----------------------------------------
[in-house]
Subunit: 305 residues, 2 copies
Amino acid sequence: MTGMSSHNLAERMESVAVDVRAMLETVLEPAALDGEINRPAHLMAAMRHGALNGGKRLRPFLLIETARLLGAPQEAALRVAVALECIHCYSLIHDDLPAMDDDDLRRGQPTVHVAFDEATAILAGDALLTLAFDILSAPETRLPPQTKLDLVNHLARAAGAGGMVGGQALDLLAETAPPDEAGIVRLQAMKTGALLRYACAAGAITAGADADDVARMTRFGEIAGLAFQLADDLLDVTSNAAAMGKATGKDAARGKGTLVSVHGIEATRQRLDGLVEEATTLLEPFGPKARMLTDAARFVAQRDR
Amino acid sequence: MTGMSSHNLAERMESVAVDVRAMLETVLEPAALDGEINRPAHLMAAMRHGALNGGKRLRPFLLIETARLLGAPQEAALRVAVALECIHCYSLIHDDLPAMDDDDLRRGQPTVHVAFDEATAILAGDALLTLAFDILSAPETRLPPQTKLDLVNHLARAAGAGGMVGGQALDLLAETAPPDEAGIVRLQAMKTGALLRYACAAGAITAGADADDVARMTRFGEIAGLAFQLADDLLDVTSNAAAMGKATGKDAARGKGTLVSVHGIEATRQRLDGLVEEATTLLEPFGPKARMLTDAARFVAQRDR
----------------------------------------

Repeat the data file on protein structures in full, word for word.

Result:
[in-house]
Subunit: 305 residues, 2 copies
Amino acid sequence: MTGMSSHNLAERMESVAVDVRAMLETVLEPAALDGEINRPAHLMAAMRHGALNGGKRLRPFLLIETARLLGAPQEAALRVAVALECIHCYSLIHDDLPAMDDDDLRRGQPTVHVAFDEATAILAGDALLTLAFDILSAPETRLPPQTKLDLVNHLARAAGAGGMVGGQALDLLAETAPPDEAGIVRLQAMKTGALLRYACAAGAITAGADADDVARMTRFGEIAGLAFQLADDLLDVTSNAAAMGKATGKDAARGKGTLVSVHGIEATRQRLDGLVEEATTLLEPFGPKARMLTDAARFVAQRDR
Amino acid sequence: MTGMSSHNLAERMESVAVDVRAMLETVLEPAALDGEINRPAHLMAAMRHGALNGGKRLRPFLLIETARLLGAPQEAALRVAVALECIHCYSLIHDDLPAMDDDDLRRGQPTVHVAFDEATAILAGDALLTLAFDILSAPETRLPPQTKLDLVNHLARAAGAGGMVGGQALDLLAETAPPDEAGIVRLQAMKTGALLRYACAAGAITAGADADDVARMTRFGEIAGLAFQLADDLLDVTSNAAAMGKATGKDAARGKGTLVSVHGIEATRQRLDGLVEEATTLLEPFGPKARMLTDAARFVAQRDR